The parties in this litigation were divorced by a decree of divorce of the State of Nevada. The relevant portion of the decree which furnishes the background for the instant controversy reads as follows:
"IT IS FURTHER ORDERED, ADJUDGED AND DECREED that the agreement of the parties, entered into on the 6th day of August, 1946, copy of which agreement was introduced in evidence in this cause and marked Plaintiff's Exhibit "A," is, under all of the circumstances, fair equitable and just; that the parties thereto entered into the same freely and voluntarily, with a full knowledge of the financial circumstances of each other; that said agreement be and the same is hereby approved, adopted and confirmed; that the parties thereto, the plaintiff and the defendant, respectively, be, and they hereby are, decreed and orderd to abide thereby and to perform the obligations thereof; that by said agreement all rights of property of the parties are settled and adjusted and are decreed in accordance therewith; that the right of the plaintiff to separate support and maintenance, past, present and future, is adjusted by said agreement, and is hereby decreed in accordance therewith; and that each of the parties hereto have judgment against the other according to the terms of said agreement."
The parties are in agreement that the provisions of the decree have been and are being fully complied with. Plaintiff instituted this litigation seeking alimony and support and grounded her action upon N.J.S. 2 A:34-23. This matter now comes before me upon a notice of motion for summary judgment in favor of the defendant. In support of the motion, defendant has submitted proofs which disclose that the decree of divorce in Nevada was a final one and that no further proceedings on said decree were capable of being had subsequent to the entry thereof. Sweeney v. Sweeney , 42 Nev. 431, 179 P. 638 (Sup. Ct. 1919). The defendant contends, therefore, inter alia , that the Nevada decree is entitled to full faith and credit under our state and Federal Constitutions and that by reason thereof, the defendant is entitled to a judgment.
It is elementary that a wife is not entitled to alimony merely because she obtains a decree of divorce; that alimony is not a matter of independent claim or an absolute right, but depends upon the statute for its validity and the granting thereof rests in the sound discretion of the court. It is evident that the plaintiff's judgment is on its face a final one, and it is so referred to in the complaint and the answering motion of the defendant. It is admitted that the Nevada court in which this matter was heard and disposed of had jurisdiction over the parties as well as the subject matter of the suit.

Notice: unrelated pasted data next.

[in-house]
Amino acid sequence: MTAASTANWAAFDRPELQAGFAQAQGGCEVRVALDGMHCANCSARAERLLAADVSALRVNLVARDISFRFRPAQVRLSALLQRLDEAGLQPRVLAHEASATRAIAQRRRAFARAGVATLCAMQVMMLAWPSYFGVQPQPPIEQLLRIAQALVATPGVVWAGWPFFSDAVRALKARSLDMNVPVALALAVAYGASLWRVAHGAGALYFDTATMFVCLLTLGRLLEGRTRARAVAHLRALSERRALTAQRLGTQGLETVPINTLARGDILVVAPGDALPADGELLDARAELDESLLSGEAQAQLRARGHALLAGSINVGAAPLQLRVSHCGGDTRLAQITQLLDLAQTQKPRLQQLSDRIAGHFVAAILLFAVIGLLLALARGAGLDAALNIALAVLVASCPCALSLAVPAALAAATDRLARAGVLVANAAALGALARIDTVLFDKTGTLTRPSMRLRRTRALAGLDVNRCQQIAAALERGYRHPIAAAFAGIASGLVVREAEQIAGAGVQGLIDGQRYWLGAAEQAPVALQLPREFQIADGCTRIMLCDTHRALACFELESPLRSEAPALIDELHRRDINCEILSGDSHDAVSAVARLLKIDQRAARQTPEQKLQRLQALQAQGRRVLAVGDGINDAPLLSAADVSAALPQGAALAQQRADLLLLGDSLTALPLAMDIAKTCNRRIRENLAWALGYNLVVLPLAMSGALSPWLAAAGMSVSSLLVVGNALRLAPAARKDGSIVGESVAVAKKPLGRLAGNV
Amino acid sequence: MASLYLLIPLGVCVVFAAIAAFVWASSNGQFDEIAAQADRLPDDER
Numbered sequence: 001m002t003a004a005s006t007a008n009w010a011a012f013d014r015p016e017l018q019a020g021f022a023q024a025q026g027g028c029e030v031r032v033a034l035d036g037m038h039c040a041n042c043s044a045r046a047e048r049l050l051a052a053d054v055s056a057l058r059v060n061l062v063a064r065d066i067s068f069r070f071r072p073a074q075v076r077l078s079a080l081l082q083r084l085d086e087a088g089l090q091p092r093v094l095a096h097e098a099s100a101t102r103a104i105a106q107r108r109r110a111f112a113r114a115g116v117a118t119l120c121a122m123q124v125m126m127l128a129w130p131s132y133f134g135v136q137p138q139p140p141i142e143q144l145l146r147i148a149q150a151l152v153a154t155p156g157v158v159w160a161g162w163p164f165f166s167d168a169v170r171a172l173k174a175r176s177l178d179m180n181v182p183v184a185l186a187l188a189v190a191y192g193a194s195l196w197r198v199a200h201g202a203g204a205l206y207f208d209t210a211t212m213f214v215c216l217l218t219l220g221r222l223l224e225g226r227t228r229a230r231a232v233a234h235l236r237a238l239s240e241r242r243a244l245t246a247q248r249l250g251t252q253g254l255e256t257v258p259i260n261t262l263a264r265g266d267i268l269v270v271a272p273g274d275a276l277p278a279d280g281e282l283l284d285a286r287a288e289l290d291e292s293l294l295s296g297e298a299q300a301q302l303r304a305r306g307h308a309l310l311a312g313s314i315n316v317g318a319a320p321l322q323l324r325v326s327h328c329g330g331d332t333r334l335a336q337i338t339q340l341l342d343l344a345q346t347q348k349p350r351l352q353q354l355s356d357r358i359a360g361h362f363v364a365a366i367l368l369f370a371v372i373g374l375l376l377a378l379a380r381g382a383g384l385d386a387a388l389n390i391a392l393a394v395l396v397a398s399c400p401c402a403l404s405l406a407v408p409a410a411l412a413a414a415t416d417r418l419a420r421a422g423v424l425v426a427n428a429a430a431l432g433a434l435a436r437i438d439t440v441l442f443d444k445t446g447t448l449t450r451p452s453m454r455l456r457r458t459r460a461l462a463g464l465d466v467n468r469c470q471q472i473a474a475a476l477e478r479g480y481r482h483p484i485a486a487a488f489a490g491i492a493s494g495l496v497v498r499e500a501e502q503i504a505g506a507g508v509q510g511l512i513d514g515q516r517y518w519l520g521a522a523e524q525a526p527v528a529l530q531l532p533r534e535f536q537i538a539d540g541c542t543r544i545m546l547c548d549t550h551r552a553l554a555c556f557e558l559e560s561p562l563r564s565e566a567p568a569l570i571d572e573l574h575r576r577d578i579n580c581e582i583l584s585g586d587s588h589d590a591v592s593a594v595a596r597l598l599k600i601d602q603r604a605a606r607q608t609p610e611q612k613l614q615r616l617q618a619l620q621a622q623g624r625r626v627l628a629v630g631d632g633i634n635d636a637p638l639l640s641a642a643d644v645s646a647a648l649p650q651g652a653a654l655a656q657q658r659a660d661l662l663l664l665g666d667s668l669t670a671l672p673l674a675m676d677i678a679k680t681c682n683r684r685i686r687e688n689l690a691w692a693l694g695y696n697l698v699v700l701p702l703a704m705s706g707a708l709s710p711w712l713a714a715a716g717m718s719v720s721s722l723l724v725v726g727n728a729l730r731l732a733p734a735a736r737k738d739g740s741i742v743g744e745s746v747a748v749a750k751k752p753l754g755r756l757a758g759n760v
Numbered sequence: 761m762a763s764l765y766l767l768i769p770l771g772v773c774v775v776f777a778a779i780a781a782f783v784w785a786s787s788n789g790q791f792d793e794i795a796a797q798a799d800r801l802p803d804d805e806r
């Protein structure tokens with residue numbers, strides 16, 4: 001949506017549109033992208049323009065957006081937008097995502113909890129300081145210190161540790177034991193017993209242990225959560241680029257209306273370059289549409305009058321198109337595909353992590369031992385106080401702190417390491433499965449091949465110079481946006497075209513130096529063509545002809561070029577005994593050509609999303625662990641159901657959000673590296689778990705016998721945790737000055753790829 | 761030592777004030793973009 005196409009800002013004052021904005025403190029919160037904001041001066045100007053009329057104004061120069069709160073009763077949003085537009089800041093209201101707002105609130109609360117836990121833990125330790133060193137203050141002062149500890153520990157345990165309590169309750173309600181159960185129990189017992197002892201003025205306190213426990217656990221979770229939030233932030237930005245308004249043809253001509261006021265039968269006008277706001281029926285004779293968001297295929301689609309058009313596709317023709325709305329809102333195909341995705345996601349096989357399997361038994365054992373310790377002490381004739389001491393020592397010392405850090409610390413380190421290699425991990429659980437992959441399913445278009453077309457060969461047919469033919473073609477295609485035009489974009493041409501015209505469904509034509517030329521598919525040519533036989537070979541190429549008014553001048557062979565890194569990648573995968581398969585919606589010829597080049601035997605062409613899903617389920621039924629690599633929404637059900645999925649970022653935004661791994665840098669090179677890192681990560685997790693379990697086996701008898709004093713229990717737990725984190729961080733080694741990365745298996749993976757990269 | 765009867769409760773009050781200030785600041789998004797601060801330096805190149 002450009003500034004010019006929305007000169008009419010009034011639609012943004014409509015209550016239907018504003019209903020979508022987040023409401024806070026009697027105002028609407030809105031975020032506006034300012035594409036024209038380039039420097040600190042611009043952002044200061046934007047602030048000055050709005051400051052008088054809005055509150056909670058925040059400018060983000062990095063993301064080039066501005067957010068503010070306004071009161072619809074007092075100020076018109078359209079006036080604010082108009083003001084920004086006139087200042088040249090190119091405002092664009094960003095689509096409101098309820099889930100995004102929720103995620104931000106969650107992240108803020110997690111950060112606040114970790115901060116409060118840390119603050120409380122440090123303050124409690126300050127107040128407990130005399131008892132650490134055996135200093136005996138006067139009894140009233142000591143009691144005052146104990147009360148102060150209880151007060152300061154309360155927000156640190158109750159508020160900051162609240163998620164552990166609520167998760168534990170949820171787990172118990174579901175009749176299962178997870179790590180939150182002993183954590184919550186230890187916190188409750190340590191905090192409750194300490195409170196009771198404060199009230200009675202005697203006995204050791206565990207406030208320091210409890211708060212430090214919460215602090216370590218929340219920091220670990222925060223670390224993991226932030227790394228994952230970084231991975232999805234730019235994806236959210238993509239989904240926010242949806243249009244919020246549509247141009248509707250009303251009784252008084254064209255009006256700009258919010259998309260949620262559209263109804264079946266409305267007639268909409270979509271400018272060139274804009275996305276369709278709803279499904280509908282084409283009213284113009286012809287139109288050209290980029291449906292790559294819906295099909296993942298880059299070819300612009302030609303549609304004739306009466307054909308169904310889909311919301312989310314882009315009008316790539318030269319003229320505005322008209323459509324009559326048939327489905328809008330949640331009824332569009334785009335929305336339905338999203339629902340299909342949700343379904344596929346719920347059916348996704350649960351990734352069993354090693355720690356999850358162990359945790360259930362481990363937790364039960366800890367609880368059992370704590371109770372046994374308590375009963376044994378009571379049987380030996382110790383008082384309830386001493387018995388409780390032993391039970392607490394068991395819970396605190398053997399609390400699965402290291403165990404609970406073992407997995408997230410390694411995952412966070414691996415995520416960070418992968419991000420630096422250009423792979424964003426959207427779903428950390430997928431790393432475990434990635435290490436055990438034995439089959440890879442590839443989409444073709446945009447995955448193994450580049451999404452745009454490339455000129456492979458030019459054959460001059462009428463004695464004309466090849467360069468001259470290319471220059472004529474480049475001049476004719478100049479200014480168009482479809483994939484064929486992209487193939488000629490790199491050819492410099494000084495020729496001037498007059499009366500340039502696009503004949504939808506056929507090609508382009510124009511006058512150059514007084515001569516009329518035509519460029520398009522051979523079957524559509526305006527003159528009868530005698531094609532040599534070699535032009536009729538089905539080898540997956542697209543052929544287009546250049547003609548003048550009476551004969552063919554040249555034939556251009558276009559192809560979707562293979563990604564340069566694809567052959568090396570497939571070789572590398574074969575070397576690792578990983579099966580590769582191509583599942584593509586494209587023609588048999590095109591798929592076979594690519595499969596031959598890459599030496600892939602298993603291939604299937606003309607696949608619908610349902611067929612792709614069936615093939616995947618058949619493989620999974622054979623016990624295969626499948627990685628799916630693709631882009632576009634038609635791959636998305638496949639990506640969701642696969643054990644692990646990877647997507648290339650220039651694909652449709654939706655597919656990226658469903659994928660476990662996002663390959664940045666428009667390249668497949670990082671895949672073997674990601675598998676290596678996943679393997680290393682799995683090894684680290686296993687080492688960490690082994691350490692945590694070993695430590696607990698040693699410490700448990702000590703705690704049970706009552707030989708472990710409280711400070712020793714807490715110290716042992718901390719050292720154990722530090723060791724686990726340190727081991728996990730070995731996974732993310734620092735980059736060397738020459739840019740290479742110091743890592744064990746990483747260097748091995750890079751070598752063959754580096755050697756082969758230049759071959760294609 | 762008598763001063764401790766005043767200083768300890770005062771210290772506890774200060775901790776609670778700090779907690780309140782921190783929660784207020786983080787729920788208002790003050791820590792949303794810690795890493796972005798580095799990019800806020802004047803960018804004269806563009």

For the purposes of the conclusions which I reach herein, the jurisdiction of that court was obtained in the manner and in substantial conformity with the conditions prescribed in N.J.S. 2 A:34-9 to 2 A:34-12 of our Divorce Act. Consequently, plaintiff's final judgment is entitled to full faith and credit in this State as is specifically set forth in N.J.S. 2 A:34-22; Sherrer v. Sherrer , 334 U.S. 343, 68 S. Ct. 1087, 1097, 92 L. Ed. 1429 (1948); Coe v. Coe , 334 U.S. 378, 68 S. Ct. 1094, 92 L. Ed. 1451 (1948). Robison v. Robison , 9 N.J. 288, at 291 (1952); Bates v. Bodie , 245 U.S. 520, 38 S. Ct. 182, 62 L. Ed. 444 (1918); Yarborough v. Yarborough , 290 U.S. 202, 54 S. Ct. 181,
78 L. Ed. 269 (1933); Sistare v. Sistare , 218 U.S. 1, 30 S. Ct. 682, 54 L. Ed. 905 (1910); Barber v. Barber , 323 U.S. 77, 65 S. Ct. 137, 89 L. Ed. 82 (1944); Sutton v. Leib , 342 U.S. 402, 72 S. Ct. 398, 96 L. Ed. 352 (1952); O'Loughlin v. O'Loughlin , 6 N.J. 170 (1951); Lynn v. Lynn , 302 N.Y. 193, 97 N.E. 2 d 748 (Ct. App. 1951) and Helvering v. Fuller , 310 U.S. 69, 60 S. Ct. 784, 84 L. Ed. 1082 (1940); Schneider v. Schneider , 103 N.J. Eq. 149, 142 A. 417 (Ch. 1928). The phrase "full faith and credit," as it is used in this section, is subject to the same interpretation as is applied to that phrase as it now appears in Article IV, Section I of the Federal Constitution; the Federal Constitution "Full Faith and Credit" clause compels this State to give a decree of divorce of a sister state the same force and effect as it has in the jurisdiction wherein it was rendered. But this does not mean that such decrees shall be given any greater faith or credit in a sister state than they would be accorded in the state where taken. Haddock v. Haddock , 201 U.S. 562, 26 S. Ct. 525, 50 L. Ed. 867 (1906); Roche v. McDonald , 275 U.S. 449, 48 S. Ct. 142, 72 L. Ed. 365 (1928). In Davis v. Davis , 305 U.S. 32, 59 S. Ct. 3, 6, 83 L. Ed. 26 (1938), Mr. Justice Butler, speaking for the court, said that Article IV, Section I of the Federal Constitution is interpreted to mean, "not some but full credit." (Italics mine.)
In Robert v. Hodges , 16 N.J. Eq. 299, 305 (Ch. 1863), it was held that if the foreign court where the judgment was recovered had jurisdiction over the parties and of the subject matter of the suit, its conclusiveness cannot be questioned in the forum of another state where it is sought to be enforced. See also Nichols v. Nichols , 25 N.J. Eq. 60, 63, (Ch. 1874). And, as was said in Freund v. Freund , 71 N.J. Eq. 524, 63 A. 756 (Ch. 1906), affirmed by 72 N.J. Eq. 943, 73 A. 1117 (E. & A. 1907):
"Independent of the full faith and credit clause, the general principle recognized by all courts is, that in a subsequent action between the same parties as plaintiff and defendant, involving the same issues as those of a former action , the judgment in the former
suit, whether in a domestic or foreign court, is an estoppel as to the issues actually litigated and determined in ...